Clinical study

Clinical study


Fischer Kerstin
Dr. med. vet. Kerstin Fischer, Specialist veterinarian for horses

If you have any questions regarding the following report, please always contact the Flexineb® team first – and not the doctor – thank you very much.


The focus of this recently conducted and clinically monitored follow-up study was the 9-year-old Quarter horse gelding Laredo owned by the Western rider Tasja Berger (Western Sport: Pleasure, Horsemanship..). The objective of the study was to determine whether and to what extent we can help our patients with regular inhalation using the Flexineb® nebuliser.


For several years, the horse had been known to our clinic as a recurring “cough patient”. It was suffering from allergic bronchitis, which repeatedly worsened in spring. Before the start of our study, this diagnosis was confirmed by clinical examination of the respiratory tract, blood gas analysis, endoscopy and an allergy test. As the horse was to continue competing on account of its outstanding abilities, we tried to find a way to treat our patient for his lung disease under the best possible conditions despite his lung problems and without coming into conflict with the “doping regulations”. In addition to desensitisation therapy, the possibility of inhalation was chosen for this objective. In this regard, the inhalants were selected as ADMR-compliant in accordance with the time period up to the start of the next competition.


Monitoring and results control were carried out at regular intervals (approx. every 4 weeks) within the scope of a bronchoscopy on the unsedated horse. In addition, blood gas values were checked several times.


The first tests were carried out in April 2013, at a time when there were many allergenic substances in the air. At the initial examination, blood gas showed a reduced oxygen value of 84 mm Hg (pCo2 45 mm Hg, A-aDO2 20.3). Endoscopically, more than 1/3 of the trachea was covered with thick mucus; the tracheal mucosa showed distinct redness; the area around the larynx was also reddened. (M5, V3-4; cf. Diekmann, 1987). The horse exhibited a pronounced coughing stimulus during the examination. The allergy test revealed clear allergic reactions to a variety of allergens, both perennial (Aspergillus fumigatus) and seasonal (e.g. birch). Accordingly, desensitisation therapy was initiated in parallel with the other treatments.

Prior to nebulisation therapy, acetylcysteine, Ventipulmin® and prednisolone were fed for 14 days. At the start of nebulisation therapy, the patient was first nebulised daily with liquid acetylcysteine. A first bronchoscopic follow-up (May 2013) already showed significantly more fluid mucus and a quantitative reduction. However, the mucous membrane was still reddened (M3-4, V2-3).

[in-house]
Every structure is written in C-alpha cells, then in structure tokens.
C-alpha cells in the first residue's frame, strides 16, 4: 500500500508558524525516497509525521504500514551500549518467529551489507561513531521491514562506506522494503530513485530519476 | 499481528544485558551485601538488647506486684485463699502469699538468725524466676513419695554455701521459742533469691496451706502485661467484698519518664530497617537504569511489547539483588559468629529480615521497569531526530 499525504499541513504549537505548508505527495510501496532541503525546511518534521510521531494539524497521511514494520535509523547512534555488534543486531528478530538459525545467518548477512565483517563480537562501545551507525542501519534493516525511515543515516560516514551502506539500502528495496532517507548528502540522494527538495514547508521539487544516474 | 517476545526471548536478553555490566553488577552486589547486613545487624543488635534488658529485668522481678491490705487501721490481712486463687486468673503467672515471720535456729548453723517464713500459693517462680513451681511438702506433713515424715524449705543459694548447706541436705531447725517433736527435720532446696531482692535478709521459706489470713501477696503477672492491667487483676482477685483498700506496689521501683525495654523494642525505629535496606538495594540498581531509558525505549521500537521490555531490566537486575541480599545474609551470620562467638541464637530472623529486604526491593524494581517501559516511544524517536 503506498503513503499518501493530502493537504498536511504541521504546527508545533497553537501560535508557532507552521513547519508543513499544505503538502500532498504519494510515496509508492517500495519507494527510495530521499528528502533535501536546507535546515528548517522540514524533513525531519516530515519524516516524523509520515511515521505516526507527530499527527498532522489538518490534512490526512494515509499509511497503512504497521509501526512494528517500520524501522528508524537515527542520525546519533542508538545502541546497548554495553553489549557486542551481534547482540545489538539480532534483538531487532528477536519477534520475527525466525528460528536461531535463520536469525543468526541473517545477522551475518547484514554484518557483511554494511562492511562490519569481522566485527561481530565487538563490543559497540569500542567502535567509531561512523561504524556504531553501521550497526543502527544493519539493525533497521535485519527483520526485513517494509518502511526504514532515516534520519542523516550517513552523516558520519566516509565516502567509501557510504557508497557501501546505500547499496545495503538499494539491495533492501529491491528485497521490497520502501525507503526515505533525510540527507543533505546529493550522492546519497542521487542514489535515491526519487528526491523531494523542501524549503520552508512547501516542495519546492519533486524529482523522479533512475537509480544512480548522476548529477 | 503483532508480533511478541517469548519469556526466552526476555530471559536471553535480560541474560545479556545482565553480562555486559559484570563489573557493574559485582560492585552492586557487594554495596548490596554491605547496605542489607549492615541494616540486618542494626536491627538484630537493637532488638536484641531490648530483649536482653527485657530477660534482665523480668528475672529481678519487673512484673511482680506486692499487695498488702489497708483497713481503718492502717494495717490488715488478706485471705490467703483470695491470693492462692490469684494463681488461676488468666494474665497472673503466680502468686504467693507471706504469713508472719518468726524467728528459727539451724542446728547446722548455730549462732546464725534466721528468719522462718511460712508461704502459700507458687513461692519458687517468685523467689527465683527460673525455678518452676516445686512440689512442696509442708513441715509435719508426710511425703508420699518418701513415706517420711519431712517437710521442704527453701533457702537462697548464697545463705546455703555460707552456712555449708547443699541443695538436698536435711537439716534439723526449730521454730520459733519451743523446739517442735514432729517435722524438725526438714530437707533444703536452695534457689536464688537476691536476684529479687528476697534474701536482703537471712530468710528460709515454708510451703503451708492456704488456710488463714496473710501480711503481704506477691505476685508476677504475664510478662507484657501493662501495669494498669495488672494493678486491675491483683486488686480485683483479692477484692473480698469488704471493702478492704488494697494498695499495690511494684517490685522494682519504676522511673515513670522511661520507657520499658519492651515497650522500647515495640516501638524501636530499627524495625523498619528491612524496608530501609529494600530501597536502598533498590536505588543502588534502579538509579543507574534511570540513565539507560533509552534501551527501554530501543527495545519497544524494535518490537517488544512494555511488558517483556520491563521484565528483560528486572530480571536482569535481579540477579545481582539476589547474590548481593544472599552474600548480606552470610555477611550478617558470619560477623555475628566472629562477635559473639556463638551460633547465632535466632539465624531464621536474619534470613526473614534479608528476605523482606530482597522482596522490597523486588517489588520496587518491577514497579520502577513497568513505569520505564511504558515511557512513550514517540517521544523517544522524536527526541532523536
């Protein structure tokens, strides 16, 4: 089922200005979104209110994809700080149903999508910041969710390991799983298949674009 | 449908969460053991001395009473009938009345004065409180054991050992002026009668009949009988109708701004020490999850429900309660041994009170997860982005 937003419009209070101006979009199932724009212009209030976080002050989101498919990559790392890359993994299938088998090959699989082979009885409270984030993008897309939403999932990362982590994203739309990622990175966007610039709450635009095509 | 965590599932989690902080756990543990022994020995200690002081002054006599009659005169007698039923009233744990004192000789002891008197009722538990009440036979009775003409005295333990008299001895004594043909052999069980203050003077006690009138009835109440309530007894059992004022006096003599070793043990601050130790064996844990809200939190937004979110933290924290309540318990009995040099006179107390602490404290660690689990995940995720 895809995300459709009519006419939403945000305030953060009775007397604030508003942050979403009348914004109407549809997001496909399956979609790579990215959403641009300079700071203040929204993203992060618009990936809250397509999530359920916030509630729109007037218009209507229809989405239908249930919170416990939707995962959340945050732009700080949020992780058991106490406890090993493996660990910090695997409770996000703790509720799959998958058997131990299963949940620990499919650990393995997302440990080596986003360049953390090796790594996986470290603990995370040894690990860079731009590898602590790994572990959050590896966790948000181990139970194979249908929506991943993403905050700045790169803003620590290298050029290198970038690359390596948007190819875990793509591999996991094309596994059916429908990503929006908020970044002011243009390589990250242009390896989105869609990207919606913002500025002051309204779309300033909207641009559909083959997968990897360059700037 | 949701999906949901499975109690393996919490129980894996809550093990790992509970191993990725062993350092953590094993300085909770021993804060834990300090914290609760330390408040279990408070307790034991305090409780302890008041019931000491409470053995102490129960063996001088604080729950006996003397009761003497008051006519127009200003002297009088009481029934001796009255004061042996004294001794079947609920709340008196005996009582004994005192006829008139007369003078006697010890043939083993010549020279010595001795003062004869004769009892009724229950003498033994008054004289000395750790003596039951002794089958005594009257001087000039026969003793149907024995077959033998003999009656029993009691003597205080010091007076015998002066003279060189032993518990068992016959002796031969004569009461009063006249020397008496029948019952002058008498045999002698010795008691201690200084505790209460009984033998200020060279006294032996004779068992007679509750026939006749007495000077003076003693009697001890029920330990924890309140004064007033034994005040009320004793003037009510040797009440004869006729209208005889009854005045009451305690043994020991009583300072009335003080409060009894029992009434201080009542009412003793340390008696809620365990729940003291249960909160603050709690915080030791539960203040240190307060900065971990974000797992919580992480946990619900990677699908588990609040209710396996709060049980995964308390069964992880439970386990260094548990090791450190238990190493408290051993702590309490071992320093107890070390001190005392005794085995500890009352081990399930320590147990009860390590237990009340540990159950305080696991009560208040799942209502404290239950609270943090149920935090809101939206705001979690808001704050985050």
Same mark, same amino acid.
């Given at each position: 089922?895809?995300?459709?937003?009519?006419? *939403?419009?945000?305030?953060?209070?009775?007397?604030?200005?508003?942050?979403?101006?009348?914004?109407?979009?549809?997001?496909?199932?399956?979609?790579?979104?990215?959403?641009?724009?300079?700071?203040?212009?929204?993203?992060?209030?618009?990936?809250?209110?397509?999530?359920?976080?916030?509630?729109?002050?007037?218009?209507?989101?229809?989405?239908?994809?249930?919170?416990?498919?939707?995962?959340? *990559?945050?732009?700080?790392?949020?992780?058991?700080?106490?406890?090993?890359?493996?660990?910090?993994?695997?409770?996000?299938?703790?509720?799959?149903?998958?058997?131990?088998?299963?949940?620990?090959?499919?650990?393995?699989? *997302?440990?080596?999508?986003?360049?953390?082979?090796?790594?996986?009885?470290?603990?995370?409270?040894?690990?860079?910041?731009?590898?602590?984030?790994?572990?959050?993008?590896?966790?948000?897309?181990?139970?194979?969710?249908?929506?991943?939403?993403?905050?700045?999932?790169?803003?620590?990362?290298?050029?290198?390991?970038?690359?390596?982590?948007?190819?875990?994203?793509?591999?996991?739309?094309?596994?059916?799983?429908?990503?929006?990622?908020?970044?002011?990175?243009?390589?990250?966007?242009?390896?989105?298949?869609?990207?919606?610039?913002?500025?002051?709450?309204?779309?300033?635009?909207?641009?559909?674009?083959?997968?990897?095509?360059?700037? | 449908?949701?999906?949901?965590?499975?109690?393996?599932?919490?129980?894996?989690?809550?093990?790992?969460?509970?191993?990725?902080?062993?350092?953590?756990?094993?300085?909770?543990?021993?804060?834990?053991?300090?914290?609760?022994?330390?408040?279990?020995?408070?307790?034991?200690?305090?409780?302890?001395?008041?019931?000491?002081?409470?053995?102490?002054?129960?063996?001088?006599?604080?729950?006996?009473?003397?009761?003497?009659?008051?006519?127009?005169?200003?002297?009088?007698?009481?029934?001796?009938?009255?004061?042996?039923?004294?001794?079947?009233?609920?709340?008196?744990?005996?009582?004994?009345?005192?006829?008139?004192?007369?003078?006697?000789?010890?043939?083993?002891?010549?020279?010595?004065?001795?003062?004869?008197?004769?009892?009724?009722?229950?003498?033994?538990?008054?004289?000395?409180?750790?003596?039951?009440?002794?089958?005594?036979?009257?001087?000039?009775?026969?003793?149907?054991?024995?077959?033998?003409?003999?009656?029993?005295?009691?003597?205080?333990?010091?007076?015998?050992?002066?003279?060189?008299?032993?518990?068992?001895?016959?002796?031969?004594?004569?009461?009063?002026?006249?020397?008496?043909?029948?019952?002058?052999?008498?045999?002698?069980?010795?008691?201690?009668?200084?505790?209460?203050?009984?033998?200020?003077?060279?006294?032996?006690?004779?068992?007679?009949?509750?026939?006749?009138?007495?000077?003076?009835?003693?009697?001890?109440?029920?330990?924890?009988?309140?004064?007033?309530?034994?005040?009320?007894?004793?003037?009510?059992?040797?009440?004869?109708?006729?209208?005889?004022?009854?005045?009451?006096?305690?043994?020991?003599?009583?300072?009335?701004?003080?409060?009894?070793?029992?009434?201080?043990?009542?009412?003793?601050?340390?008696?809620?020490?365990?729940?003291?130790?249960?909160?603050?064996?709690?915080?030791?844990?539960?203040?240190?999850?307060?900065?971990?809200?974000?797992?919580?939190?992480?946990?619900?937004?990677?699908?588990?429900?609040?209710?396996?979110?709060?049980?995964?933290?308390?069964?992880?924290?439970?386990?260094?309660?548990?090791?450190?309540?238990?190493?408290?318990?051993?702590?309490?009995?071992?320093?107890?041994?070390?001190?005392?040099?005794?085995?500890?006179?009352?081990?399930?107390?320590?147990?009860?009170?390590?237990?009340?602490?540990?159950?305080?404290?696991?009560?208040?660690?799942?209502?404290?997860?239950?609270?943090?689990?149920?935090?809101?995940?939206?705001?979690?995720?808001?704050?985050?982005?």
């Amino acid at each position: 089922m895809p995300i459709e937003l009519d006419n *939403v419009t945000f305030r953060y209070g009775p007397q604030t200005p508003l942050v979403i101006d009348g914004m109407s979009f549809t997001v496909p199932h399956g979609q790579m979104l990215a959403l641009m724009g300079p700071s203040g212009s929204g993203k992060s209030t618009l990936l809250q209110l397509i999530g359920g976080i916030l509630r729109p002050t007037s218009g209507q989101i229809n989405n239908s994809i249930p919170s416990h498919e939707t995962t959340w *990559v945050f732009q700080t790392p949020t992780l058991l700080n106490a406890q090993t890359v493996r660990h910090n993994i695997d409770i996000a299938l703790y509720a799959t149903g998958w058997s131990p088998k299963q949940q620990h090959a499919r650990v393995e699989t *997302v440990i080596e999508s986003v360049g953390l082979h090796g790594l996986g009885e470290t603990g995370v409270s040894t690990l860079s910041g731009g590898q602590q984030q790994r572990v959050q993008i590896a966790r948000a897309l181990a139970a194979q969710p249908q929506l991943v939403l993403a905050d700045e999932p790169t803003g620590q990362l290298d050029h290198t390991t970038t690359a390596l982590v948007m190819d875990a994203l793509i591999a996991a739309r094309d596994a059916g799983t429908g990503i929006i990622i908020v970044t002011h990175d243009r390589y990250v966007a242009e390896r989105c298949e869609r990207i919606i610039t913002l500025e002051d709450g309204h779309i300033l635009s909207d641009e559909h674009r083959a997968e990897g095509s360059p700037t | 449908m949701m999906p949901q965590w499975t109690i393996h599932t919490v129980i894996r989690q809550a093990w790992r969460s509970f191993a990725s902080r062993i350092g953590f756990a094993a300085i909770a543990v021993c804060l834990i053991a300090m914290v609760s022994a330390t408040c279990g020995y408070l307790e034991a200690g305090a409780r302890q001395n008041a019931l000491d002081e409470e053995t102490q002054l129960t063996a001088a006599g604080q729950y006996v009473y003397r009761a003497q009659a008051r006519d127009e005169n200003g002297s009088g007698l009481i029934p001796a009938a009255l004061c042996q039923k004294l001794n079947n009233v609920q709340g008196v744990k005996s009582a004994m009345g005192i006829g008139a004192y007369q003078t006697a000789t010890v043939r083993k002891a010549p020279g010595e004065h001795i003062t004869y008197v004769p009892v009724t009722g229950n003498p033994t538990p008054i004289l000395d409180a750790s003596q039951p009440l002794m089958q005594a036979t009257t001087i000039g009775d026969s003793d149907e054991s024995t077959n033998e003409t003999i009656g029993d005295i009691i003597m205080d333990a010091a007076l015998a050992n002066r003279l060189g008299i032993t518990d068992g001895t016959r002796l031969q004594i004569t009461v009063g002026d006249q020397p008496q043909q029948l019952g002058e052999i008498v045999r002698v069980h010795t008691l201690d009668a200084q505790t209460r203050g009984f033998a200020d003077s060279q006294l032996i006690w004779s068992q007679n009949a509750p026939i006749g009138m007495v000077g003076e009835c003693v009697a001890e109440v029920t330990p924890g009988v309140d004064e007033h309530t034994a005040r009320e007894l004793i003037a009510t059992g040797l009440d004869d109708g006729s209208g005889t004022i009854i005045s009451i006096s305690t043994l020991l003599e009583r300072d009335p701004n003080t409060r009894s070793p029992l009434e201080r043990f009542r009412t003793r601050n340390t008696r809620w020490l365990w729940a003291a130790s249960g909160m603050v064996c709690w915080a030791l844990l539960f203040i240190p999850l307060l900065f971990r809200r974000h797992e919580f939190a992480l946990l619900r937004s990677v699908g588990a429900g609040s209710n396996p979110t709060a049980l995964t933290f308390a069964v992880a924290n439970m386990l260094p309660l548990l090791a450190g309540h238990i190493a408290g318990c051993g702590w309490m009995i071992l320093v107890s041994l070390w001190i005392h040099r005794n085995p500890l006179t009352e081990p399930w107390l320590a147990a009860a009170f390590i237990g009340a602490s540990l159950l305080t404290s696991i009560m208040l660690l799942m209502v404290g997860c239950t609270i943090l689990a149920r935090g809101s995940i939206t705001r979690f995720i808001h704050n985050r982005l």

A repeated endoscopy after 4 weeks (June 2013), and after nebulising with saline solution only, showed a significantly lower cough stimulus, a reduced amount of mucus in the trachea and continuously less viscous mucus than at the initial examination (M2, V2). At this time, blood gas values were almost unchanged from those of the initial examination.

The next examination in July 2013, this time after regular nebulisation with acetylcysteine, fortunately showed no further cough stimulus during the examination and again a less reddened mucous membrane in the patient. In addition, it was found that again, there was less thin mucus present. The mucus appeared more fluid than with nebulisation of saline solution alone (M2, V1-2).

After a further 4 weeks and repeated treatment with saline solution only, the August 2013 examination also revealed less thin mucus in the trachea. The redness of the mucous membrane was less pronounced (M1-2, V1-2), and the blood gas values (pO2 95 mmHg and pCO2 38 mmHg; A-aDO2 16.3) had improved.

At the final examination at the end of September 2013 and treatment phase with acetylcysteine nebulisation, there was only very little thin fluid secretion present in the trachea (M1, V1). The horse did not exhibit coughing stimulus during the examination. The blood gas result had improved again (po2 100 mmHg, pCo2 42 mmHg, A-aDO2 7). Treatment could therefore be concluded.


Evaluation of tracheal secretion according to Dieckmann (1987; dissertation; Zur Wirksamkeit von Ambroxolhydrochlorid (Mukovent®) bei lungenkranken Pferden)

Evaluation of blood gas parameters according to Klein and Deegen (1986, Beurteilung von Blutgasparametern des arteriellen Blutes von Pferden unter besonderer Berücksichtigung der alveoloarteriellen Sauerstoffdifferenz, Pferdeheilkunde 2, 331-336)

Reaction Class 3 Allergens (according to Laboklin): Plantain, Birch, Willow, Aspergillus fumigatus, Dermatophagoides farinae, Lepidoglyphus, Tyrophagus G. Niedermaier, H. Gehlen (Pferdeheilkunde25, 327-333):

Möglichkeiten der Inhalationstherapie zur Behandlung der chronisch obstruktiven Bronchitis des Pferdes

K.A. von Plocki, Kerstin Gorn und K.-W. von Salmuth (Pferdeheilkunde 12, 759-764): Die Laufbandinhalation – eine alternative Therapieform beim Pferd mit chronisch obstruktiver Bronchitis


Following the successful nebulisation therapy with the Flexineb® nebuliser, Laredo can once again be seen at shows together with Ms Berger. During the last shows; he was able to win the following:

2x Winner Halter Open

1x Reserve Champion

2x Winner Halter Amateur

2x Grand Champion

2x Winner Halter Novice Amateur

Hunter under Saddle Amateur 2nd and 3rd Place

Hunter under Saddle Novice Amateur 2nd and 3rd Place

Pleasure Novice Amateur 2nd and 5th Place

2x Winner Pleasure Amateur

Laredo also won Circuit Reserve Champion in Western Pleasure!

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